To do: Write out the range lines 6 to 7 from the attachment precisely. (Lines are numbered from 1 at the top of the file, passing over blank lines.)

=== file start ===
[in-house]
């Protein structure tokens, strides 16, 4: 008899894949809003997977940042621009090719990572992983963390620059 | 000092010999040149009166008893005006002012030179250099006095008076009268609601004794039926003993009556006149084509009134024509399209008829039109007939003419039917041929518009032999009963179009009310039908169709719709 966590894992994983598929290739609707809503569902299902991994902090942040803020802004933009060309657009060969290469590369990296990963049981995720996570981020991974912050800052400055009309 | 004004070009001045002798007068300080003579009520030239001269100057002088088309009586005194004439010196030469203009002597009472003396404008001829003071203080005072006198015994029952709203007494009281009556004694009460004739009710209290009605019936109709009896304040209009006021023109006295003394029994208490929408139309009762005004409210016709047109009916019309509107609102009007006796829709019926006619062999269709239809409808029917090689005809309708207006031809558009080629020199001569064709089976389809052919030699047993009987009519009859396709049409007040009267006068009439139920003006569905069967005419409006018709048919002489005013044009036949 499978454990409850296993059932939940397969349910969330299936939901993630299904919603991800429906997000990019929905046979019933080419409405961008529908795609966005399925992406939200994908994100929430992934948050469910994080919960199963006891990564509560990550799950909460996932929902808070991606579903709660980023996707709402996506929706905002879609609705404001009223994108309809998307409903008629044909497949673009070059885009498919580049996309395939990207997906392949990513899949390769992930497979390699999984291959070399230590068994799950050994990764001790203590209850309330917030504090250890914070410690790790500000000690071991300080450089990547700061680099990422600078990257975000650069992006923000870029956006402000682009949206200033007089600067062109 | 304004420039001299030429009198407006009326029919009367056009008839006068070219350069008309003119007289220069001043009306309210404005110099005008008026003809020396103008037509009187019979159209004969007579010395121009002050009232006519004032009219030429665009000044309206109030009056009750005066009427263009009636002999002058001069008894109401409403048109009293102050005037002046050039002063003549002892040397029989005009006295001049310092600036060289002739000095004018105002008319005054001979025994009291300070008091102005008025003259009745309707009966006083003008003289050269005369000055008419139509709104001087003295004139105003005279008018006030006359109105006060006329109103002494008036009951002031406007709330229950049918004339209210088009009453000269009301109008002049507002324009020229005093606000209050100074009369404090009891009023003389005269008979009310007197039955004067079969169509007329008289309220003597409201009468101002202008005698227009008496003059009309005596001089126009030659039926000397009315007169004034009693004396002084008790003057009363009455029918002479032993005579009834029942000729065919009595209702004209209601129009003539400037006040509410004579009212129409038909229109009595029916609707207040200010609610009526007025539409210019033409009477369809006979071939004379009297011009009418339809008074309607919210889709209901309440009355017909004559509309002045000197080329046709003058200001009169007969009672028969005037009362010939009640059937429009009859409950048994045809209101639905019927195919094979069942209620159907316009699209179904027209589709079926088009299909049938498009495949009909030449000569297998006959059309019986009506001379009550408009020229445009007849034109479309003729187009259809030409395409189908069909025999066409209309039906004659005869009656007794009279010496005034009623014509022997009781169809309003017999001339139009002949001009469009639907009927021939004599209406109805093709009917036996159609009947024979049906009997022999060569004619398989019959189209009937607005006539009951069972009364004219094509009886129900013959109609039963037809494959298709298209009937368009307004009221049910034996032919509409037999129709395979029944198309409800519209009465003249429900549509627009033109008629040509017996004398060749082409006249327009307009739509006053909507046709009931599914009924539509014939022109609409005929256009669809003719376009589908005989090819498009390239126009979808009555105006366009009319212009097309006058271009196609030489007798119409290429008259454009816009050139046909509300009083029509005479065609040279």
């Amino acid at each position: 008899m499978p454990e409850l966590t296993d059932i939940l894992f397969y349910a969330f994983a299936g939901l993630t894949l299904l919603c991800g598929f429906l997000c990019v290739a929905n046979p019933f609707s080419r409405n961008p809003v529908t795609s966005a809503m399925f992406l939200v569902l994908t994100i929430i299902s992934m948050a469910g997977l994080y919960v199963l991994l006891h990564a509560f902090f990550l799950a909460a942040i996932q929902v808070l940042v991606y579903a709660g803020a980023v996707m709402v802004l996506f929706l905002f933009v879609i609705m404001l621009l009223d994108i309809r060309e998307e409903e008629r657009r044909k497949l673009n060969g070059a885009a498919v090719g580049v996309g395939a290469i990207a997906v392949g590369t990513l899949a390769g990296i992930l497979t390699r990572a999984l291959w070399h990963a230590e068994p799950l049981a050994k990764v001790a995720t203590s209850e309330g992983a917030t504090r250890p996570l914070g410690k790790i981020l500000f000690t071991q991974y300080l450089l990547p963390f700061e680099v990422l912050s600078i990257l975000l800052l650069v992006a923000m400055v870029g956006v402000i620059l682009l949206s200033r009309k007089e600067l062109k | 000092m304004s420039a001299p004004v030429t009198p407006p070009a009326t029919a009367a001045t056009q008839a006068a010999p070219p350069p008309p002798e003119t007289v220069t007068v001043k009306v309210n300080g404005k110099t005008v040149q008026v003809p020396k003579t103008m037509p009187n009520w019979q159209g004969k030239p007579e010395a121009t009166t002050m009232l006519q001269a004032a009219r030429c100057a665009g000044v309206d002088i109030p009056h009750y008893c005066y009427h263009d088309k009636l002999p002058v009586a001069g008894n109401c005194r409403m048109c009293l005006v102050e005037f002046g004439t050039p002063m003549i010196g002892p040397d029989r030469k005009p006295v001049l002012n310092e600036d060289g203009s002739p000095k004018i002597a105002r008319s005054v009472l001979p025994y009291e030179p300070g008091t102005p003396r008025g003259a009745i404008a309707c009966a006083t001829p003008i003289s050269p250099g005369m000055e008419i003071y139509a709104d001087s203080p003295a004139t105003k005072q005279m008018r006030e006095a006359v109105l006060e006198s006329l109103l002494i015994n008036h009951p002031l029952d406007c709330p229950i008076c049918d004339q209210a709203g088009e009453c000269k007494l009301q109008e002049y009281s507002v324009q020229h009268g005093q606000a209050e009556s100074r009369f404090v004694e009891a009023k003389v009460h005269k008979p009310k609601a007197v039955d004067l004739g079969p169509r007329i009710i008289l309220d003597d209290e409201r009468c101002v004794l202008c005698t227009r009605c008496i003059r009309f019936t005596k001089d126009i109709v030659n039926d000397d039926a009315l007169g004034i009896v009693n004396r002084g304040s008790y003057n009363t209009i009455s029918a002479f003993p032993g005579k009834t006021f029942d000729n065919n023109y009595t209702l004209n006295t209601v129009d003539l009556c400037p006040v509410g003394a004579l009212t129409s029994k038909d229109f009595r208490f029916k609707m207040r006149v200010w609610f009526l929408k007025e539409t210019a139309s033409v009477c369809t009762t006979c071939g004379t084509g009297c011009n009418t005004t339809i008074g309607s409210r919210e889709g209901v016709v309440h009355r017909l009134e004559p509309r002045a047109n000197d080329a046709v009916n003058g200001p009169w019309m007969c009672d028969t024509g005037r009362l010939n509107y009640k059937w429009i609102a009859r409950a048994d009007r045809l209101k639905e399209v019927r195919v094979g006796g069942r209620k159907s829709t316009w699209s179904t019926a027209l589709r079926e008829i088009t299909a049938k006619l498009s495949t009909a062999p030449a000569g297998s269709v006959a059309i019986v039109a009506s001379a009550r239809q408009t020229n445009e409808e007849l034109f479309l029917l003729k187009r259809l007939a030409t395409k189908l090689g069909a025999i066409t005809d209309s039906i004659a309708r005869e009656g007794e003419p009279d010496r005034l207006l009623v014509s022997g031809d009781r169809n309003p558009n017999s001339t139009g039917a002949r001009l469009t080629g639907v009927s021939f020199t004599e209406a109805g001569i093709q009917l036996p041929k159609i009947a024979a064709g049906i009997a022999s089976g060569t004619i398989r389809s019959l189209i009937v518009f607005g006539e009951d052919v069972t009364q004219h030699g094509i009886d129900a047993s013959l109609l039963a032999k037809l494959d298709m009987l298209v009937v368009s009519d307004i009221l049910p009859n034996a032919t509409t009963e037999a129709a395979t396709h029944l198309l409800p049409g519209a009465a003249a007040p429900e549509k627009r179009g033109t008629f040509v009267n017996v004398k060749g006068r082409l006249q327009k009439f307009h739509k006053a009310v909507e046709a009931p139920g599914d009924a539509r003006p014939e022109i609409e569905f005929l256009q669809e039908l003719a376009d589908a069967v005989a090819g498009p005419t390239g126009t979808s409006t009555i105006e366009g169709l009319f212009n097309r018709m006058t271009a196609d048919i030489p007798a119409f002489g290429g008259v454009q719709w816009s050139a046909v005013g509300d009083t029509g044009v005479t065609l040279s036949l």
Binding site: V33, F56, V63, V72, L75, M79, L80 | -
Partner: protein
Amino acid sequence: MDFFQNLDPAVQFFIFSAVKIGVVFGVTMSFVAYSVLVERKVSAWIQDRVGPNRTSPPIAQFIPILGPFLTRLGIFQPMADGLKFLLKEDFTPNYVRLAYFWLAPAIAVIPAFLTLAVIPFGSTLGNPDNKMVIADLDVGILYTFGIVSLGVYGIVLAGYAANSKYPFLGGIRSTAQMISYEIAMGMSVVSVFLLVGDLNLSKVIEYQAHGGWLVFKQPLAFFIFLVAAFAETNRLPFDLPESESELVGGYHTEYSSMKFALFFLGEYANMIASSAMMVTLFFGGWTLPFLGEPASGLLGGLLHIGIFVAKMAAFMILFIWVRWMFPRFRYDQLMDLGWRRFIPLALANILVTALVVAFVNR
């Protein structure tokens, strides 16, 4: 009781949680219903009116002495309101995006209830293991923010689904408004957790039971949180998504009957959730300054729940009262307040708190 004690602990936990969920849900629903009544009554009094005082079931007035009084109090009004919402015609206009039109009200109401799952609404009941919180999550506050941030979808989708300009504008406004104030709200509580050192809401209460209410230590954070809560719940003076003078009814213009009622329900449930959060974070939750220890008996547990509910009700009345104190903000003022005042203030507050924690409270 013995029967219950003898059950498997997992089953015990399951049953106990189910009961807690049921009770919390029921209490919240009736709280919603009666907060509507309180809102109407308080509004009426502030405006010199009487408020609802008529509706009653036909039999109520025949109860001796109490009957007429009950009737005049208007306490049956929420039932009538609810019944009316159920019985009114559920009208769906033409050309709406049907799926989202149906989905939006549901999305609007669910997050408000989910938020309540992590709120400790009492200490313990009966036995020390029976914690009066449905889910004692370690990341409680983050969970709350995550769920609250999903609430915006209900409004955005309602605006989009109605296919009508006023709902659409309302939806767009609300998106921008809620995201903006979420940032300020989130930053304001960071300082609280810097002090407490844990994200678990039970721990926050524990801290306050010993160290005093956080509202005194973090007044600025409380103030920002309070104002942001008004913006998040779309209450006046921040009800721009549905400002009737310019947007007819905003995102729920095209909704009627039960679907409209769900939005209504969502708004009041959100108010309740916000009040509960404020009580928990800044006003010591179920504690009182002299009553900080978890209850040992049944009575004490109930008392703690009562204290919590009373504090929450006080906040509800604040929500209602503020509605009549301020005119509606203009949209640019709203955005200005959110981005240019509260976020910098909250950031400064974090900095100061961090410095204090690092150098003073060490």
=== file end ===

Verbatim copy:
Amino acid sequence: MDFFQNLDPAVQFFIFSAVKIGVVFGVTMSFVAYSVLVERKVSAWIQDRVGPNRTSPPIAQFIPILGPFLTRLGIFQPMADGLKFLLKEDFTPNYVRLAYFWLAPAIAVIPAFLTLAVIPFGSTLGNPDNKMVIADLDVGILYTFGIVSLGVYGIVLAGYAANSKYPFLGGIRSTAQMISYEIAMGMSVVSVFLLVGDLNLSKVIEYQAHGGWLVFKQPLAFFIFLVAAFAETNRLPFDLPESESELVGGYHTEYSSMKFALFFLGEYANMIASSAMMVTLFFGGWTLPFLGEPASGLLGGLLHIGIFVAKMAAFMILFIWVRWMFPRFRYDQLMDLGWRRFIPLALANILVTALVVAFVNR
């Protein structure tokens, strides 16, 4: 009781949680219903009116002495309101995006209830293991923010689904408004957790039971949180998504009957959730300054729940009262307040708190 004690602990936990969920849900629903009544009554009094005082079931007035009084109090009004919402015609206009039109009200109401799952609404009941919180999550506050941030979808989708300009504008406004104030709200509580050192809401209460209410230590954070809560719940003076003078009814213009009622329900449930959060974070939750220890008996547990509910009700009345104190903000003022005042203030507050924690409270 013995029967219950003898059950498997997992089953015990399951049953106990189910009961807690049921009770919390029921209490919240009736709280919603009666907060509507309180809102109407308080509004009426502030405006010199009487408020609802008529509706009653036909039999109520025949109860001796109490009957007429009950009737005049208007306490049956929420039932009538609810019944009316159920019985009114559920009208769906033409050309709406049907799926989202149906989905939006549901999305609007669910997050408000989910938020309540992590709120400790009492200490313990009966036995020390029976914690009066449905889910004692370690990341409680983050969970709350995550769920609250999903609430915006209900409004955005309602605006989009109605296919009508006023709902659409309302939806767009609300998106921008809620995201903006979420940032300020989130930053304001960071300082609280810097002090407490844990994200678990039970721990926050524990801290306050010993160290005093956080509202005194973090007044600025409380103030920002309070104002942001008004913006998040779309209450006046921040009800721009549905400002009737310019947007007819905003995102729920095209909704009627039960679907409209769900939005209504969502708004009041959100108010309740916000009040509960404020009580928990800044006003010591179920504690009182002299009553900080978890209850040992049944009575004490109930008392703690009562204290919590009373504090929450006080906040509800604040929500209602503020509605009549301020005119509606203009949209640019709203955005200005959110981005240019509260976020910098909250950031400064974090900095100061961090410095204090690092150098003073060490």